Deephaven, Minnesota

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Deephaven
Motto(s): 
"Two Square Miles Of Tranquility"[1]
Location of Deephaven within Hennepin County, Minnesota
Location of Deephaven
within Hennepin County, Minnesota
Coordinates: 44°55′55″N 93°31′28″W / 44.93194°N 93.52444°W / 44.93194; -93.52444
CountryUnited States
StateMinnesota
CountyHennepin
Incorporated1900
Government
 • MayorPaul Skrede
Area
 • Total3.90 sq mi (10.11 km2)
 • Land2.33 sq mi (6.02 km2)
 • Water1.58 sq mi (4.09 km2)
Elevation
955 ft (291 m)
Population
 • Total3,642
 • Estimate 
(2019)[4]
3,928
 • Density1,689.46/sq mi (652.26/km2)
Time zoneUTC-6 (Central (CST))
 • Summer (DST)UTC-5 (CDT)
ZIP codes
55331, 55391
Area code(s)952
FIPS code27-15148[5]
GNIS feature ID0642705[6]
Websitewww.cityofdeephaven.org

Deephaven is a city in Hennepin County, Minnesota, United States, on the shores of Lake Minnetonka. It is located 12 miles (19 km) west-southwest of downtown Minneapolis. The population was 3,642 as of the 2010 Census, down from 3,853 as of the 2000 census.[7]

History[edit]

Hotel Saint Louis circa 1885

Deephaven was settled in 1876 by Saint Louis attorney Charles Gibson. Gibson built a summer house in an area known as "Northome" and began promoting the area as a vacation destination for Southerners. In 1879 he advocated for the construction of the 150-room Hotel Saint Louis, the area's first grand hotel. The community was connected to the Minneapolis and Saint Louis Railway to serve both the hotel and local cottagers.[8]

The Minnetonka Yacht Club was founded in Deephaven in 1882 and incorporated in 1889.[9] One of the club's co-founders, Hazen Burton, built a home named "Chimo" in Deephaven in 1890. A train depot was built near the property so that the Burtons could commute to their department store in Minneapolis. The name "Deephaven" can be traced back to the name of this depot.[10]

Minnetonka Yacht Club circa 1894

In 1893 Burton commissioned local boat builder Arthur Dyer to develop a new kind of sailboat called a racing scow. When the Onawa debuted in 1893, it was disqualified for winning nearly every regatta it entered. The rules were eventually modified, however, and racing scows became popular within the sailing community worldwide.[11] The Onawa is currently displayed at the Excelsior-Lake Minnetonka Historical Society Museum in nearby Excelsior.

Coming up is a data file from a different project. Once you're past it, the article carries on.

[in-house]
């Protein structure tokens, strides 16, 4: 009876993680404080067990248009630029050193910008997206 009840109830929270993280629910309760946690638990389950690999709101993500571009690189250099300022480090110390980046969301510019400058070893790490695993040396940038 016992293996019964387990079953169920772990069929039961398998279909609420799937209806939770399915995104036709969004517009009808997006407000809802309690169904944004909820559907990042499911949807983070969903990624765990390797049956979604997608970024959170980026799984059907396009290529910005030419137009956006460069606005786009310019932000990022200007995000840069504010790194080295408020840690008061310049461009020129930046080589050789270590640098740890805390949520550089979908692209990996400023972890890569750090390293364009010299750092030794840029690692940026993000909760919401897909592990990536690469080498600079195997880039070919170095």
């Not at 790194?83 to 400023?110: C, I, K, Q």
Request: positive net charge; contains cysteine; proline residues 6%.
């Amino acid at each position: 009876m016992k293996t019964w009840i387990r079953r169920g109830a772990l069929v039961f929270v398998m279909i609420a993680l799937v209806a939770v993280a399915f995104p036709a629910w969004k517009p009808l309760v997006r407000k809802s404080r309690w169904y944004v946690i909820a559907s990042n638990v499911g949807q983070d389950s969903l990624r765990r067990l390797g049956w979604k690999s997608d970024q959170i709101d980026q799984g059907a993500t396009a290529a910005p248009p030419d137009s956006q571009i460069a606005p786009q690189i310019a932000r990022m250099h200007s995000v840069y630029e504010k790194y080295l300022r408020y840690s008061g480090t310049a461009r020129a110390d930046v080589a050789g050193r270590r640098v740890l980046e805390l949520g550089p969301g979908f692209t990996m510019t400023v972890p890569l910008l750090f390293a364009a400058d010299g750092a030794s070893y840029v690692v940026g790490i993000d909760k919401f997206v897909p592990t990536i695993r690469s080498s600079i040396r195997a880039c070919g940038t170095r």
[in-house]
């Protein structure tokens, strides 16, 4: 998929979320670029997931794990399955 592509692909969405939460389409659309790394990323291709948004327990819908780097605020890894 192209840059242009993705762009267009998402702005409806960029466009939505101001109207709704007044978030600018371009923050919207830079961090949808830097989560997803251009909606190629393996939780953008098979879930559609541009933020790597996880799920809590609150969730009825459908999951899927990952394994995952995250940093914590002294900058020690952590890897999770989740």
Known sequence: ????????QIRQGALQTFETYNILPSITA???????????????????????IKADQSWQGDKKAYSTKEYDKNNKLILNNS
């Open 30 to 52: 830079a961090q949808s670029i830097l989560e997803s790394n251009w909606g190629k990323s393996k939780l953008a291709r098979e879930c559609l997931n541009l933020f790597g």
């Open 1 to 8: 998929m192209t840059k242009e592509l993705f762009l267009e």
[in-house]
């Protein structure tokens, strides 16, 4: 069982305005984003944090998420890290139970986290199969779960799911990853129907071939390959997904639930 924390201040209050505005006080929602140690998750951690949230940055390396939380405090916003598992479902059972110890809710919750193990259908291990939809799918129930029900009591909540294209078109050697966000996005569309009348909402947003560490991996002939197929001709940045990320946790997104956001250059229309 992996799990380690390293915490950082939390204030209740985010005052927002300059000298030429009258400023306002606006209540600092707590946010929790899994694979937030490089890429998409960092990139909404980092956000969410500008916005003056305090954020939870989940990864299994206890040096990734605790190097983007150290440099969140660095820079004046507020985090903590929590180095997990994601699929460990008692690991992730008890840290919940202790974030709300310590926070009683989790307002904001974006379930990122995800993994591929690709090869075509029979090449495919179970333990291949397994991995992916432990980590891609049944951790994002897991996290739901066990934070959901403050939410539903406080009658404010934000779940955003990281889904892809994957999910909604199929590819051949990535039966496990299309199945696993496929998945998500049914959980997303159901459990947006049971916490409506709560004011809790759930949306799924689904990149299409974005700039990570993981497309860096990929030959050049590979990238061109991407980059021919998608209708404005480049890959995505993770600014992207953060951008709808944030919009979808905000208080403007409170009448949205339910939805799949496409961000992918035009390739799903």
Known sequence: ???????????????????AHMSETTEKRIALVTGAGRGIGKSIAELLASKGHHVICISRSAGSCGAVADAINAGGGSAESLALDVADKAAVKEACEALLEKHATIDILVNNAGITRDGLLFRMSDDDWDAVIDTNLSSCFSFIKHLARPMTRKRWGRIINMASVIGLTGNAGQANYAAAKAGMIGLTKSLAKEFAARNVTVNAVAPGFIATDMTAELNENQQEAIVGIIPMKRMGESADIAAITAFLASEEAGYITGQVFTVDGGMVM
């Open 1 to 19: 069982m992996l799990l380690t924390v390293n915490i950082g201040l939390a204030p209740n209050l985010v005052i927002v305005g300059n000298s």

Lake Minnetonka fell out of favor as a vacation destination in the 1890s. The Hotel Saint Louis suffered financially and was eventually demolished in 1907. In its place, Walter Donald Douglas of the Quaker Oats fortune and his wife Mahala built a twenty-seven room estate named "Walden." Walter Douglas perished in the Titanic disaster in 1912, however, Mahala and her French maid Berthe Leroy were survivors. Mahala returned to Deephaven as a widow and lived there until her death in 1945.[12][13]

Deephaven's historic Cottagewood General Store, opened in 1895 by Ralph M. Chapman, served as a grocer to tourists along the shores of Lake Minnetonka.[14] The store is one of Deephaven's most notable attractions today.

Geography[edit]

According to the United States Census Bureau, the city has a total area of 2.43 square miles (6.29 km2), of which 2.37 square miles (6.14 km2) is land and 0.06 square miles (0.16 km2) is water.[15] Minnetonka Boulevard serves as a main route.

Demographics[edit]

Historical population
Census Pop.
1910234
19202381.7%
1930530122.7%
19401,02693.6%
19501,82377.7%
19603,28680.3%
19703,85317.3%
19803,716−3.6%
19903,653−1.7%
20003,8535.5%
20103,642−5.5%
2019 (est.)3,928[4]7.9%
U.S. Decennial Census[16]

2010 census[edit]

As of the census[3] of 2010, there were 3,642 people, 1,337 households, and 1,058 families living in the city. The population density was 1,536.7 inhabitants per square mile (593.3/km2). There were 1,423 housing units at an average density of 600.4 per square mile (231.8/km2). The racial makeup of the city was 97.6% White, 0.4% African American, 0.1% Native American, 0.9% Asian, 0.3% from other races, and 0.7% from two or more races. Hispanic or Latino of any race were 1.1% of the population.